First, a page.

Is there a way to "kill" apps?

Discussion in 'iPhone' started by Rated, Feb 8, 2011.

  1. Rated macrumors member

    Nov 15, 2010
    Coming from an ANDROID I was curious on how to kill apps to save battery?
  2. SAD*FACED*CLOWN macrumors 65816


    Apr 5, 2010
    Houston, TX
    kill? the home button? then I suppose you could "kill" it in the multitasking tray
  3. iStudentUK macrumors 65816


    Mar 8, 2009
    Do you mean close apps?

    Double tap home button, press and hold an icon until a cross appears. That closes it.

    iOS multitasking should save battery though, most apps are 'frozen' and use very little resources when not open.

    Hope that is what you were talking about.
  4. LSUtigers03 macrumors 68020


    Apr 9, 2008
    If you used task killers on Android you were doing more harm than good to the battery. iOS like Android will manage apps on it's own. You don't have to "kill" apps.
  5. patp Guest

    Apr 10, 2008
    double tap the home button. a row will appear underneath the home screen, these will be the all of your open apps.

    long press on any of these apps (while in the multi tasking tray) and press the small X to kill the app.
  6. QuarterSwede macrumors G3


    Oct 1, 2005
    Colorado Springs, CO
    iOS is good at doing this when needed and multitasking works differently as not all apps are actually running in the background. A lot are suspended when closed.

    You can kill an app by double clicking home to bring up the multitasking bar then hold an app like you would move it then tap the x.
  7. kdarling macrumors demi-god


    Jun 9, 2007
    First university coding class = 47 years ago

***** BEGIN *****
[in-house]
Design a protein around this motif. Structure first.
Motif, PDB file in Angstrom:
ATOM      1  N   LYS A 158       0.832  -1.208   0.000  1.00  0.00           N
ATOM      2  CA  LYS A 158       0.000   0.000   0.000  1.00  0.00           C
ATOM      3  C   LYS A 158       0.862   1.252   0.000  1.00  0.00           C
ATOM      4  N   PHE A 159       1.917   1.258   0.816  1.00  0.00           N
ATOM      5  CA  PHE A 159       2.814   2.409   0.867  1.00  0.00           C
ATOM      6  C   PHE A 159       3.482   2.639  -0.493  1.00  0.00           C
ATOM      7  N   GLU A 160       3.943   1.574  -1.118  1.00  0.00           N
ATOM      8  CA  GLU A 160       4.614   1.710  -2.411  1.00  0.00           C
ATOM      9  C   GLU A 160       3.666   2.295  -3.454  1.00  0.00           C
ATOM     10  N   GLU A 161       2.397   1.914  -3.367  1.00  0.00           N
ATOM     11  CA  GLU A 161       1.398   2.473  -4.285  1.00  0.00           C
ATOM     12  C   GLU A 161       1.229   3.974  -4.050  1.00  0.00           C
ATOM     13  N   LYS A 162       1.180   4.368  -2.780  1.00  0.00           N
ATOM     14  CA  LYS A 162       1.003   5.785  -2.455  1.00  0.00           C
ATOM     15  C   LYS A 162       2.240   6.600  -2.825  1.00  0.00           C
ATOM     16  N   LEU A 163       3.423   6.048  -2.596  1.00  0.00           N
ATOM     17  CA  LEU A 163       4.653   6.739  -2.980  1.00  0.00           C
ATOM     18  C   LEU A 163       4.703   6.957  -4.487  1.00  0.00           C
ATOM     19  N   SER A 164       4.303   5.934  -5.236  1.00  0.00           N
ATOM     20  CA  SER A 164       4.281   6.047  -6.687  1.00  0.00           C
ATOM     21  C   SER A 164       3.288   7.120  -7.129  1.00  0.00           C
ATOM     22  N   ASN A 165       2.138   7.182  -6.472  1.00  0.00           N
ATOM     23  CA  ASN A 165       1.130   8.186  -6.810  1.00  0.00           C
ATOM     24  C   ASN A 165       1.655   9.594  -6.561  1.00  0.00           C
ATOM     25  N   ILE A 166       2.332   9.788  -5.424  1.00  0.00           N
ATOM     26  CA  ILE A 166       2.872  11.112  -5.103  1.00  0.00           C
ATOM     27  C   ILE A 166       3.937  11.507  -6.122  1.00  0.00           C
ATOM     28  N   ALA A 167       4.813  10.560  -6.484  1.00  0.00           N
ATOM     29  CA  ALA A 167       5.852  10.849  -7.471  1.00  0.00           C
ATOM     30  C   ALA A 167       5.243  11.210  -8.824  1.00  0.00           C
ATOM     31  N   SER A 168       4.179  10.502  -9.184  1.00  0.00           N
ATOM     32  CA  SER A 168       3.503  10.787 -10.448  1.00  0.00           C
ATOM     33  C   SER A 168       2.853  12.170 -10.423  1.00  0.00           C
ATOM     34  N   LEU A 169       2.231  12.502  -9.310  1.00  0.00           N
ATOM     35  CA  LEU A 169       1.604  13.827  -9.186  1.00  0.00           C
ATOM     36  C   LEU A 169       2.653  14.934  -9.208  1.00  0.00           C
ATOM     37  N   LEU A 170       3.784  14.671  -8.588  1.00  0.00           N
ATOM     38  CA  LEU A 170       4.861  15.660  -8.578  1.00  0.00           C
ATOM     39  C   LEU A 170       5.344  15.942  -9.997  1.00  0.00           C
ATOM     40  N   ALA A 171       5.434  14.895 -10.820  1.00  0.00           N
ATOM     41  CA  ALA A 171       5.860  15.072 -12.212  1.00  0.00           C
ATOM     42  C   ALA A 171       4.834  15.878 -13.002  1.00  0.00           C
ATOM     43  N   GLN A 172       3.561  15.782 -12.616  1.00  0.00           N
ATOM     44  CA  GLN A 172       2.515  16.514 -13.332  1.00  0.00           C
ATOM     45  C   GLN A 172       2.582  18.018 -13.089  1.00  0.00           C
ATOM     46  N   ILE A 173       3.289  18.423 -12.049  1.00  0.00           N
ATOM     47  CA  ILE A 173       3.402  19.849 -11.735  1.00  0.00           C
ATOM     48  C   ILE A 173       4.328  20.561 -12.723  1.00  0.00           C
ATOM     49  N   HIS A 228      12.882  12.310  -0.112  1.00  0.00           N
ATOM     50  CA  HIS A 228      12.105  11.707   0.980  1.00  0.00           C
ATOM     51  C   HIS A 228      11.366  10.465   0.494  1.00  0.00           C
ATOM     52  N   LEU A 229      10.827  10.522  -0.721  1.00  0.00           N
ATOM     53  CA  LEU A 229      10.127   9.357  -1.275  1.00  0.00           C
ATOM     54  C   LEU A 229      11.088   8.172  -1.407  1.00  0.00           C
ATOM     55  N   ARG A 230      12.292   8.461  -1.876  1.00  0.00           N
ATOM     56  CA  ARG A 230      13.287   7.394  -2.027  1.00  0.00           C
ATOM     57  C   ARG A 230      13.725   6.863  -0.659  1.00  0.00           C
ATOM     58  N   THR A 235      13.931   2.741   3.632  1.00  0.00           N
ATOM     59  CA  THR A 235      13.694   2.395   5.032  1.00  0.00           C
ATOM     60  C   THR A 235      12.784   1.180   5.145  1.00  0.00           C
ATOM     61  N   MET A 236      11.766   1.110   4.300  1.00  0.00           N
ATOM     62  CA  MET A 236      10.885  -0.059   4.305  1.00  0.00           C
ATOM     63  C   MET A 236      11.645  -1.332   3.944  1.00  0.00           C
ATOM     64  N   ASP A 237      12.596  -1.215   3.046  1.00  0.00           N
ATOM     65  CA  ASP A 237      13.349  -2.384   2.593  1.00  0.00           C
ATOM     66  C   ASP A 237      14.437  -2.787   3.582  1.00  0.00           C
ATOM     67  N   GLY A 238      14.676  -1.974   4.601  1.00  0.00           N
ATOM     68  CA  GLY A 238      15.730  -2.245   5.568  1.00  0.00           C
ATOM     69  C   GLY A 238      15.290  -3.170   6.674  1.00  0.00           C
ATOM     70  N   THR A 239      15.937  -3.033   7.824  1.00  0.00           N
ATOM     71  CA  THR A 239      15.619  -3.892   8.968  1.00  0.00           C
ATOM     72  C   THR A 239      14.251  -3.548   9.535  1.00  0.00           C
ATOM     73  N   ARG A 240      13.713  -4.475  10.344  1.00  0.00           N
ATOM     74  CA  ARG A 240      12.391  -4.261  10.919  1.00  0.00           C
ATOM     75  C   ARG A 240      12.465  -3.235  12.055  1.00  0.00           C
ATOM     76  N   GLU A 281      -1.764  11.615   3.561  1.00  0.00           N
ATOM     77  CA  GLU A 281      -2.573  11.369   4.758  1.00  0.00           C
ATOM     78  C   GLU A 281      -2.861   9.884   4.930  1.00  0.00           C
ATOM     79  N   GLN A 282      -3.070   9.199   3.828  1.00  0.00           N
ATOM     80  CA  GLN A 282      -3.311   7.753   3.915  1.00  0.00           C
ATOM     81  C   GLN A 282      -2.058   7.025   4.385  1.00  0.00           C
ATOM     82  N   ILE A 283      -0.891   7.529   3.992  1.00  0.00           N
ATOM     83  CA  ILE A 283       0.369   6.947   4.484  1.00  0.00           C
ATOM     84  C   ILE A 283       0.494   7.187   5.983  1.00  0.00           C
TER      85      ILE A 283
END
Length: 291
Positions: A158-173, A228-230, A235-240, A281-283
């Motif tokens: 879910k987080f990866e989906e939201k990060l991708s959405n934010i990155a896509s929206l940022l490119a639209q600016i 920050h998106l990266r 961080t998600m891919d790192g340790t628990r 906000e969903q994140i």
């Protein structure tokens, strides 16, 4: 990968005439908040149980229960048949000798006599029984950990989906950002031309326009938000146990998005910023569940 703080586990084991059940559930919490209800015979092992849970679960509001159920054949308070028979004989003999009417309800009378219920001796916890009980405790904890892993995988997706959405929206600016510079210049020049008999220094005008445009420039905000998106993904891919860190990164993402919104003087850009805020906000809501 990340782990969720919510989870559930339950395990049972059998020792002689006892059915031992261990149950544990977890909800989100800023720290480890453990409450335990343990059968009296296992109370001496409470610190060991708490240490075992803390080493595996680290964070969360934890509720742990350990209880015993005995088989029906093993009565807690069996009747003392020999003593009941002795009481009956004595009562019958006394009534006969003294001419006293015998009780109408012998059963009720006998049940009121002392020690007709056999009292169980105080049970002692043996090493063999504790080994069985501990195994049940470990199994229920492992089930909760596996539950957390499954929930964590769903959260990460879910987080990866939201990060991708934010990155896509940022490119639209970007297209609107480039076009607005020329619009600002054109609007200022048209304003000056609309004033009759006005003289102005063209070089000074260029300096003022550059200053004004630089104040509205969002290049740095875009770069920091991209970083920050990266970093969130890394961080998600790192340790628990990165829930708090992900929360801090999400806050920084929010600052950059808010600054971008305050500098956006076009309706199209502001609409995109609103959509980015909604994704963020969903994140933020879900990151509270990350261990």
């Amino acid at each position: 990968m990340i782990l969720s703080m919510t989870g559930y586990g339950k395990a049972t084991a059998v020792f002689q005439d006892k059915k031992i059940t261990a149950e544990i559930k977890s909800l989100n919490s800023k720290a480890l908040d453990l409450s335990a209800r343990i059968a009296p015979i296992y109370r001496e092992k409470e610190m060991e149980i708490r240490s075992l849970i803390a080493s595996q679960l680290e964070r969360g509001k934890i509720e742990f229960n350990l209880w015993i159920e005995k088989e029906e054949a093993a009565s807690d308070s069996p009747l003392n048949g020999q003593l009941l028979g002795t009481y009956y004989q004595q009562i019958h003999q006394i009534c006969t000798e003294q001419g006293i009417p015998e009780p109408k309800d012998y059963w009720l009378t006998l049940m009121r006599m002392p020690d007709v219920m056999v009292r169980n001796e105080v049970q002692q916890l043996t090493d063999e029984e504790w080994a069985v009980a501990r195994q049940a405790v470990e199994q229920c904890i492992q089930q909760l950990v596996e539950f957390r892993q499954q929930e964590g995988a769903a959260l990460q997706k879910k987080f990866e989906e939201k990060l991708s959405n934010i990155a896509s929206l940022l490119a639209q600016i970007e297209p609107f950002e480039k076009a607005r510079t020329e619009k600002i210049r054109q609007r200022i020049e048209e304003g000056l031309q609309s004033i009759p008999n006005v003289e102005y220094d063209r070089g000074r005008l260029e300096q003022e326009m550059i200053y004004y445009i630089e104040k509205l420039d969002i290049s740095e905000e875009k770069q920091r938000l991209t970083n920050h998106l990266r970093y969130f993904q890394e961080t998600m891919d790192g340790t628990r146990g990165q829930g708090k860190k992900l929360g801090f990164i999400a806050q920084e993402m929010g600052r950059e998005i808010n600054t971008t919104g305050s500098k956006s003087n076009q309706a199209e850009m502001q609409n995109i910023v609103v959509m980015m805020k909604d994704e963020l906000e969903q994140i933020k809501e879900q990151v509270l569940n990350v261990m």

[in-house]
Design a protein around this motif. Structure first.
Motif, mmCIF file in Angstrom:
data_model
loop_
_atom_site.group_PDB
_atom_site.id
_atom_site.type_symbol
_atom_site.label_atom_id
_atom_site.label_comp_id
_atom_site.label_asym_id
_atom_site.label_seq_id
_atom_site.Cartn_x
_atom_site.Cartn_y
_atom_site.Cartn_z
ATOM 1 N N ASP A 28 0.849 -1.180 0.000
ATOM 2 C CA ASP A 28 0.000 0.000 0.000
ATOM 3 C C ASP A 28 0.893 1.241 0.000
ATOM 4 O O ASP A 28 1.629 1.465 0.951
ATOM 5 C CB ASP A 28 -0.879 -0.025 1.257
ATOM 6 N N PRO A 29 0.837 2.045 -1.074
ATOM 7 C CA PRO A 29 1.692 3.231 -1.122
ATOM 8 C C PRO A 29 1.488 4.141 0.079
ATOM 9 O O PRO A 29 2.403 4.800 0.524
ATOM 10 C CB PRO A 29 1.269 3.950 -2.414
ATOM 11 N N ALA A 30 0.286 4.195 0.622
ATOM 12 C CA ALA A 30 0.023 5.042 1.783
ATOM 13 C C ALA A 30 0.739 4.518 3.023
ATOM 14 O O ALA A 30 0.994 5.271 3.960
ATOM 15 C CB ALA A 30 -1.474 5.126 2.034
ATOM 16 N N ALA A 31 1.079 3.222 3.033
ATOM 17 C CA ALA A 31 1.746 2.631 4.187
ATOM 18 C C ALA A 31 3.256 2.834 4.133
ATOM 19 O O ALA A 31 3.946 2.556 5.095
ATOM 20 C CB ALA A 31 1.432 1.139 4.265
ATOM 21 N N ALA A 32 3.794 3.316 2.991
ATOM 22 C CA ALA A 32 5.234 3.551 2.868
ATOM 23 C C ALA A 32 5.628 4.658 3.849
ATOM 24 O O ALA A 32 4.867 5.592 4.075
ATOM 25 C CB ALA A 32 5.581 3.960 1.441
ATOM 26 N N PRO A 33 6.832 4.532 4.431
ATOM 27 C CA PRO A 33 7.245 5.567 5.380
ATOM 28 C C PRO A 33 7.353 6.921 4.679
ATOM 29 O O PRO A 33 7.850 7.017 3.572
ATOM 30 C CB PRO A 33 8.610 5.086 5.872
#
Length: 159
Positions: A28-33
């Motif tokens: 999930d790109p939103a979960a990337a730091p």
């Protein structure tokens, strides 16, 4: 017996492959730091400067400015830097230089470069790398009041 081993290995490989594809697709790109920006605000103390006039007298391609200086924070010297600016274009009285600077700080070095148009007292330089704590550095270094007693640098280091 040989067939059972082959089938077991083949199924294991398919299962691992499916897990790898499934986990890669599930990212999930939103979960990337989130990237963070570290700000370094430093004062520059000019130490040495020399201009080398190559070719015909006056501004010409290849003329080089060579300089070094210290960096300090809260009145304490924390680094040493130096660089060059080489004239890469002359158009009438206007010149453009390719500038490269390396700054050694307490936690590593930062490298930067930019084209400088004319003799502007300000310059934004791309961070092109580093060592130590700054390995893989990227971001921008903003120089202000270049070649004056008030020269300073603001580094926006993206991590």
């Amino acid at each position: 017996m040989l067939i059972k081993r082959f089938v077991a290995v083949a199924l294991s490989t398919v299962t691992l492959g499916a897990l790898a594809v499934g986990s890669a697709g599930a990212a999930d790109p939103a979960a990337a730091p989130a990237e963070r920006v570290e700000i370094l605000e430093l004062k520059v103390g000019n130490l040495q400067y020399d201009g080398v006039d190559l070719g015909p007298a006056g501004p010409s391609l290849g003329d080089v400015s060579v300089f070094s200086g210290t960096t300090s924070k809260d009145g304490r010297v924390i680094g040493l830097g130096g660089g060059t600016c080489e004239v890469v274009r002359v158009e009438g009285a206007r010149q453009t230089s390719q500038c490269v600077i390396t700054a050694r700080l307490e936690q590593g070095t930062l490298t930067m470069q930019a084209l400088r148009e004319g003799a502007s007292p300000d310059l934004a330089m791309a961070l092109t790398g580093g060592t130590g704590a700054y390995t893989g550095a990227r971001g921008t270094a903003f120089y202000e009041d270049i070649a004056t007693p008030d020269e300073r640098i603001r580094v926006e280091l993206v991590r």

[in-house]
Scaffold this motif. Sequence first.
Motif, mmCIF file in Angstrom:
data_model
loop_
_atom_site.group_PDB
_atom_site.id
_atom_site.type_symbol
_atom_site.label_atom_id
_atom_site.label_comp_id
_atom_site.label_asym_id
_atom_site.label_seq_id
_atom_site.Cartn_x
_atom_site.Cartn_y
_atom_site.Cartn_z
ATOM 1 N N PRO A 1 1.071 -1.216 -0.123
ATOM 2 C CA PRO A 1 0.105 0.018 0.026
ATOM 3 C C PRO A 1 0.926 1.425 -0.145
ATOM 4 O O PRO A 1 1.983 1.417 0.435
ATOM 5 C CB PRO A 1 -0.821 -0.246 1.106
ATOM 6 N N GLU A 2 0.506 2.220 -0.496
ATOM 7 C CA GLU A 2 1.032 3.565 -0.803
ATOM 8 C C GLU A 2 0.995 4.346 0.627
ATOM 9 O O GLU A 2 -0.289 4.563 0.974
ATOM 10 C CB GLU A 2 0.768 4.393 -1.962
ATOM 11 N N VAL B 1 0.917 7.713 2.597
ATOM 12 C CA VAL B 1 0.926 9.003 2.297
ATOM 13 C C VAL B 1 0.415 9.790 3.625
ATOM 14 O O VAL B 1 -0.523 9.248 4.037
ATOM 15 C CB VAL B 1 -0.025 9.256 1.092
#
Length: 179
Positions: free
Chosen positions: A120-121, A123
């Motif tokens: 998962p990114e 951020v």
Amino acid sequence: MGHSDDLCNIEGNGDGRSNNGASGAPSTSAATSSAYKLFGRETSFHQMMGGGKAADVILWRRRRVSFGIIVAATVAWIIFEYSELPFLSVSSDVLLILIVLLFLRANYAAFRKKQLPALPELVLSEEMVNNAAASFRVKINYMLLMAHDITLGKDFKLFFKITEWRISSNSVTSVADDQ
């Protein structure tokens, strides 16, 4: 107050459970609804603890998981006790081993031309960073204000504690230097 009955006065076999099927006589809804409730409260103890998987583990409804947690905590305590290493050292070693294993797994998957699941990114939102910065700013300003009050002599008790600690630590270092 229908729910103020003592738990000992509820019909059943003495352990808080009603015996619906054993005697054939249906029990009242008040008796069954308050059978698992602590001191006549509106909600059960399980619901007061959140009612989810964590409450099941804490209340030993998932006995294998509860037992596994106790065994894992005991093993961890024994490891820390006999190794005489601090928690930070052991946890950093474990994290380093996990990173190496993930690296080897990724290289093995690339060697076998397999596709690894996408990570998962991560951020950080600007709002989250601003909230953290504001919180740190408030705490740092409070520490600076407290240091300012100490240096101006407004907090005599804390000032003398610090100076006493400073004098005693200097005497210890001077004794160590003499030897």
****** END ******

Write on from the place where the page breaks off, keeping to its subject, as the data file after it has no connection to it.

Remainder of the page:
You normally shouldn't have to kill apps on either Android or iOS.

    Both OSes keep recently used apps frozen for instant reuse, and that's what you see in their task lists.

    It doesn't mean they're using battery.
  8. Rated thread starter macrumors member

    Nov 15, 2010
    Ok, because for example let's say I open ESPN Scorecenter, and I close it.

    I don't want it to run in the background to kill battery
  9. Interstella5555 macrumors 603


    Jun 30, 2008
    If it's well designed it shouldn't be wasting resources int he background, but you can just double tap to bring up the multitasking bar, hold down on the app, then hit the "-" in the corner. This effectively kills the app, but again, it's not something you should have to really worry about.
  10. BaldiMac macrumors 604


    Jan 24, 2008
    It does not run in the background. It is simply saved to RAM when you switch away.
  11. martiansoldier macrumors 6502

    Nov 12, 2010
    You know, there is this handy little booklet called the "User Guide" that comes with every iPhone. How about spending a few minutes to read it? Alternately, this forum has a search option!
  12. worldwearyeyes macrumors regular

    Mar 15, 2005
    Scorecenter, and most all apps, won't affect your battery enough in the background to worry about killing them often. It's not like it's fetching scores all day in the background.